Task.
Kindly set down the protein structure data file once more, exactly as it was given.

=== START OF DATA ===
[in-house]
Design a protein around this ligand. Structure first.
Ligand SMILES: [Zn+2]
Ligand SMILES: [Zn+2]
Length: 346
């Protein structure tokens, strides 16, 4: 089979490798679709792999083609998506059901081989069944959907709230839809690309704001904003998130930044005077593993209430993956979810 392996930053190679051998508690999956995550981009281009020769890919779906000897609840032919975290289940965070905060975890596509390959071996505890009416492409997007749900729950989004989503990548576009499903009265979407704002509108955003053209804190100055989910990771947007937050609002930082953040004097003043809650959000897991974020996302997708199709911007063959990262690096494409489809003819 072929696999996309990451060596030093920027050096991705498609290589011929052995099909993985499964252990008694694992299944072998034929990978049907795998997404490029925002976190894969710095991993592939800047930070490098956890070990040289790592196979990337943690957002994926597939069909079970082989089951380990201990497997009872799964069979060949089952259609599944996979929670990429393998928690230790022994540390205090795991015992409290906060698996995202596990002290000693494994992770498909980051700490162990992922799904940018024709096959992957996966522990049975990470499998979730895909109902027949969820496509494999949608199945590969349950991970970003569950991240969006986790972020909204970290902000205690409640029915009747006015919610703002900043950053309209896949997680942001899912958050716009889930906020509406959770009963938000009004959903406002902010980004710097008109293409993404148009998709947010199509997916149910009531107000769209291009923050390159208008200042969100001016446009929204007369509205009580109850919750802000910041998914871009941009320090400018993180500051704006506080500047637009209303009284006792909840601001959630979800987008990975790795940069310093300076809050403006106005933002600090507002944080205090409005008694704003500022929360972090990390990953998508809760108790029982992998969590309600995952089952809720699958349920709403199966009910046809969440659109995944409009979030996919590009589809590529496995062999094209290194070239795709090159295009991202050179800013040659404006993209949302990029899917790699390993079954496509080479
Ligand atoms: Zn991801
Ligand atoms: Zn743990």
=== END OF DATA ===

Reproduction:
[in-house]
Design a protein around this ligand. Structure first.
Ligand SMILES: [Zn+2]
Ligand SMILES: [Zn+2]
Length: 346
């Protein structure tokens, strides 16, 4: 089979490798679709792999083609998506059901081989069944959907709230839809690309704001904003998130930044005077593993209430993956979810 392996930053190679051998508690999956995550981009281009020769890919779906000897609840032919975290289940965070905060975890596509390959071996505890009416492409997007749900729950989004989503990548576009499903009265979407704002509108955003053209804190100055989910990771947007937050609002930082953040004097003043809650959000897991974020996302997708199709911007063959990262690096494409489809003819 072929696999996309990451060596030093920027050096991705498609290589011929052995099909993985499964252990008694694992299944072998034929990978049907795998997404490029925002976190894969710095991993592939800047930070490098956890070990040289790592196979990337943690957002994926597939069909079970082989089951380990201990497997009872799964069979060949089952259609599944996979929670990429393998928690230790022994540390205090795991015992409290906060698996995202596990002290000693494994992770498909980051700490162990992922799904940018024709096959992957996966522990049975990470499998979730895909109902027949969820496509494999949608199945590969349950991970970003569950991240969006986790972020909204970290902000205690409640029915009747006015919610703002900043950053309209896949997680942001899912958050716009889930906020509406959770009963938000009004959903406002902010980004710097008109293409993404148009998709947010199509997916149910009531107000769209291009923050390159208008200042969100001016446009929204007369509205009580109850919750802000910041998914871009941009320090400018993180500051704006506080500047637009209303009284006792909840601001959630979800987008990975790795940069310093300076809050403006106005933002600090507002944080205090409005008694704003500022929360972090990390990953998508809760108790029982992998969590309600995952089952809720699958349920709403199966009910046809969440659109995944409009979030996919590009589809590529496995062999094209290194070239795709090159295009991202050179800013040659404006993209949302990029899917790699390993079954496509080479
Ligand atoms: Zn991801
Ligand atoms: Zn743990």